CARLSBAD — Once again the city of Carlsbad and the county of San Diego are at an impasse regarding McClellan-Palomar Airport following the rejection of two resolutions on Dec. 17.
The City Council voted against two resolutions to retroactively approve the county’s purchase of 5817 Dryden Place, which is west of the airport and located in the runway protection zone, according to Jason Haber, the city’s intergovernmental affairs director.
Councilwomen Cori Schumacher and Priya Bhat-Patel voted against the resolution, while the resident group Citizens for a Friendly Airport said the purchase violates a settlement agreement with the city.
“In staff’s estimation, it does constitute of an expansion of the airport,” Haber said. “Again, (we’re) recommending retroactive city approval, the value in that, but that we think the county did not follow state law.”
Even more, Haber said the city doesn’t believe the county followed the steps laid out in the cooperation agreement. However, by approving the resolution it would allow the city to continue to assert its jurisdiction over the land and limits the allowable and prohibits non-RPZ-compatible uses.
One issue is when the county notified of their intention. State law stipulates if the council did not act within 40 days, then the county’s acquisition would be in compliance.
The city did not approve the first resolution, acknowledging the acquisition is consistent with the General Plan.
The second resolution regarding the legality of the acquisition, was approved 3-1 with Schumacher against.
“I don’t acknowledge that it was a legal acquisition and they didn’t get city approvals,” Schumacher said.
The county acquired the property, which includes a partially occupied commercial building, on Nov. 27, Haber said. The county Board of Supervisors, meanwhile, unanimously approved (4-0, Kristin Gaspar recused herself) the acquisition of the land during its Nov. 20 meeting, according to a letter to the city from C4FA member Vickey Syage.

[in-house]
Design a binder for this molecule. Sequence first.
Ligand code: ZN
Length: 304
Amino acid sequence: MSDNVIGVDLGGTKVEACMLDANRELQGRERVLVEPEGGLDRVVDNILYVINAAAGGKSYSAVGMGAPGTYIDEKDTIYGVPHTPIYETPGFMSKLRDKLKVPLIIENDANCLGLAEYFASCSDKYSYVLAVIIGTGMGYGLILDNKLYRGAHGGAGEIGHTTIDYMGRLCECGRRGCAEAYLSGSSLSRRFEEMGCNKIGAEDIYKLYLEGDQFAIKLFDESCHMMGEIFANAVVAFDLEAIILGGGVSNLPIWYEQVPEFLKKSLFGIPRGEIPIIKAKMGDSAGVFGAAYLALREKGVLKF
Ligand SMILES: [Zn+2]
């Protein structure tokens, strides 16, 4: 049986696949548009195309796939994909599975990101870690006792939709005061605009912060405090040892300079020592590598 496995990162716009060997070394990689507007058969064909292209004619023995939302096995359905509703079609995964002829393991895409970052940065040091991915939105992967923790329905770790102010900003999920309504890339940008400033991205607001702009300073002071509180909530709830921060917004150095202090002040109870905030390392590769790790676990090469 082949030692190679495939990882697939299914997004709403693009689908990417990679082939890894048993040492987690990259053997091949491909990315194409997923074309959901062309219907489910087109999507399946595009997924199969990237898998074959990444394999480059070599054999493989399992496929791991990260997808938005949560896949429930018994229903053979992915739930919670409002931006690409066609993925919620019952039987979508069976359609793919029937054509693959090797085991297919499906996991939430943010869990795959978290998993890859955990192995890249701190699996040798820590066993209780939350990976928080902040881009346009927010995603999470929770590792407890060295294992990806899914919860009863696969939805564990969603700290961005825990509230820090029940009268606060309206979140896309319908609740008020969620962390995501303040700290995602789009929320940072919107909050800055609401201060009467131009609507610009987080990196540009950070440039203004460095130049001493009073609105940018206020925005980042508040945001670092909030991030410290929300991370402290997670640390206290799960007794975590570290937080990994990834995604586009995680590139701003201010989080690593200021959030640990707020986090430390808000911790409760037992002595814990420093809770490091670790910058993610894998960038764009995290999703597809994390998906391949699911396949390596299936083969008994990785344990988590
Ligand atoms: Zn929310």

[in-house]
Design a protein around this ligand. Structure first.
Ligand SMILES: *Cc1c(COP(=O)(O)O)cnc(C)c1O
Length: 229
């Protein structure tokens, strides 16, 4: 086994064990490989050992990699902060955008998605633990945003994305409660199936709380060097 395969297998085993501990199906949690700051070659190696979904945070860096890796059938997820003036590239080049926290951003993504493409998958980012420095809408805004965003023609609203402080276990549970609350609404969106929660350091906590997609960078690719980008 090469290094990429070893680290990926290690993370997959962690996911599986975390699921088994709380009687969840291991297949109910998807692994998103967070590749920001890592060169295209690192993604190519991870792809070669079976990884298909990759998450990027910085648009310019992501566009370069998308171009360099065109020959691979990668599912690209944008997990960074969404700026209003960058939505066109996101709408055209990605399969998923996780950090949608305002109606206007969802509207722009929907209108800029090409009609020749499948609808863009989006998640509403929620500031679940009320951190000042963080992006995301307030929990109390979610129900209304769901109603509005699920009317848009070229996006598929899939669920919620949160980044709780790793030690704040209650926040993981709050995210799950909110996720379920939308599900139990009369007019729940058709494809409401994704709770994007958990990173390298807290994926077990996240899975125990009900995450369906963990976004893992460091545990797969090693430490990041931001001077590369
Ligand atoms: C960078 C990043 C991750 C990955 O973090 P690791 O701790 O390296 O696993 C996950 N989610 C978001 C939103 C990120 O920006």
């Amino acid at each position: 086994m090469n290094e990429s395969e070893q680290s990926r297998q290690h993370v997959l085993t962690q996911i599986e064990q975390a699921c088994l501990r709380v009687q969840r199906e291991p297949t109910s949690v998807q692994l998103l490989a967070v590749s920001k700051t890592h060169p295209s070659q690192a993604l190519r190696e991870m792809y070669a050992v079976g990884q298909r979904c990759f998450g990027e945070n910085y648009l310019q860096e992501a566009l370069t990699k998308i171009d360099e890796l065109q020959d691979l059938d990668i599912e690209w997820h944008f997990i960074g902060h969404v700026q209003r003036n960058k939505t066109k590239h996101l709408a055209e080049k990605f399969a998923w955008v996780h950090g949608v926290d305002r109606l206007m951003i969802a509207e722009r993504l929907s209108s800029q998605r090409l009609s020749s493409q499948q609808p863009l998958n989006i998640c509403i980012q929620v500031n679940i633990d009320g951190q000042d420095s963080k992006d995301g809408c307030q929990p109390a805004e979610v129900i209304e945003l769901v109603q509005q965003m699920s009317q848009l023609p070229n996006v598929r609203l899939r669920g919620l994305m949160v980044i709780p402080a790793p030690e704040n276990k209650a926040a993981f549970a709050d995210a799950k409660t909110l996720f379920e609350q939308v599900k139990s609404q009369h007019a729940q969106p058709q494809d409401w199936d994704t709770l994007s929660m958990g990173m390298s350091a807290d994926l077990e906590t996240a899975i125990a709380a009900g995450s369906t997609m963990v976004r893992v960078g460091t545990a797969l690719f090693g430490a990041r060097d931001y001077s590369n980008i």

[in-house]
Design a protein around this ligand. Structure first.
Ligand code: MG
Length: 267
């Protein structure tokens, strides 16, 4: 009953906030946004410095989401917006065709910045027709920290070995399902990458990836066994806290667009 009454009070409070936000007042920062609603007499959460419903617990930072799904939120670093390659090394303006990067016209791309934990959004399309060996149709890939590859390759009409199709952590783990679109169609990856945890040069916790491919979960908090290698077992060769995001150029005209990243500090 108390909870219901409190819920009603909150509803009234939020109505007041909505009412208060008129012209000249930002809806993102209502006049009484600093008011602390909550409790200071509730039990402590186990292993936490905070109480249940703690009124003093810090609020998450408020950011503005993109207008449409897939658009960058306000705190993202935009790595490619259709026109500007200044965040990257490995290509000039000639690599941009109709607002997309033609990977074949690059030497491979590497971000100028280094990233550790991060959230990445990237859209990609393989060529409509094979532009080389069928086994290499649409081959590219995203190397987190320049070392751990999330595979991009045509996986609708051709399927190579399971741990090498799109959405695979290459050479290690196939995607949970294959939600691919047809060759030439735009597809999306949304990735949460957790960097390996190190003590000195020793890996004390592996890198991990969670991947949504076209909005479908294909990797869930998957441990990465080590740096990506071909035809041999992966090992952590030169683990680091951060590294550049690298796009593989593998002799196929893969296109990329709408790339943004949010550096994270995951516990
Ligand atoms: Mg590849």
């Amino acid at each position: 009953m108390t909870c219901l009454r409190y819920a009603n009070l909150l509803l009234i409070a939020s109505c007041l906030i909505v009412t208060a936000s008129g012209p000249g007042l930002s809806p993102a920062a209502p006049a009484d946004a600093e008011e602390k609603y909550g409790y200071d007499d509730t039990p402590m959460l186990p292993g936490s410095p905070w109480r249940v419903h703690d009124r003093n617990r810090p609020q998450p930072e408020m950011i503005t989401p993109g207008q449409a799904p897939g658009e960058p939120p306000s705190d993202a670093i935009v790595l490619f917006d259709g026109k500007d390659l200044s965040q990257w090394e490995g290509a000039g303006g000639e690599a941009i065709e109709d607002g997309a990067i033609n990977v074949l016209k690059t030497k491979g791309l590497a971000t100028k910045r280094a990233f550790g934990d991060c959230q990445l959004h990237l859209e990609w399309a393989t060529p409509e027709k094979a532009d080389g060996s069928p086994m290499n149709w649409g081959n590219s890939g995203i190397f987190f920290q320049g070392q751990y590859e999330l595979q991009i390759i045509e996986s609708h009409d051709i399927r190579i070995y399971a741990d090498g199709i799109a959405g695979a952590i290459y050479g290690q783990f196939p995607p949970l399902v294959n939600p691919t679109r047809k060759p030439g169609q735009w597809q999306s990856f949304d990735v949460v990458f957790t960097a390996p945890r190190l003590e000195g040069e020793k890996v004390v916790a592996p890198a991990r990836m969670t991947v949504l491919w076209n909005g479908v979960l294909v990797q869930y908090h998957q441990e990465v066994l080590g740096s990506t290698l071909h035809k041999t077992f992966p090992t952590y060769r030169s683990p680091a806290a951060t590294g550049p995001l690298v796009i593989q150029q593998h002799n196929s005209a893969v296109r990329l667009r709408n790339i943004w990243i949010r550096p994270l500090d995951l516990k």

She raised the issue of the alleged violation with the supervisors, but was met with silence, Syage added. C4FA sued the county over the airport master plan last year and the case is pending.
“The county of San Diego has zero respect for the city of Carlsbad, its residents and the Carlsbad City Council when it comes to Palomar Airport,” her letter reads. “They haven’t for the past 15 years and this action shows they continue to do so.”
Hope Nelson, also of C4FA, said the county could purchase two other lots, which a car dealership uses to park its cars, on either side of the Dyrden property. She said the Federal Aviation Administration will not fund a runway expansion over a landfill, which the county is proposing on the east side of the runway, according to the new Master Plan.
“If the county adds other property in the RPZ in the airport, under FAA control, they could tweak the current runway expansion plan,” Nelson said. “They could drop a bunch of dirt and engineer and even longer runway over the RPZ.”
Regarding whether the acquisition of the land is in line with the city’s General Plan, the City Council makes the determination, Haber said. The county is also required to submit a plan to the City Council, which it had not done.
Also, Schumacher referred to the city municipal code, which states the council shall not approve any zone change authorizing the expansion of the airport without a public vote.
However, one of the biggest sticking points is the settlement agreement, which was finalized in March. The county announced its acquisition during a Sept. 19 meeting with the Palomar Airport Advisory Committee and informed city staff during a Sept. 24 presentation, Haber reported.
“The FAA strongly recommends that airport operators or owners own the land within their RPZ,” Haber said the Federal Aviation Administration regarding runway protection zones. “The purpose of that is to enhance the safety for the users and the general public.”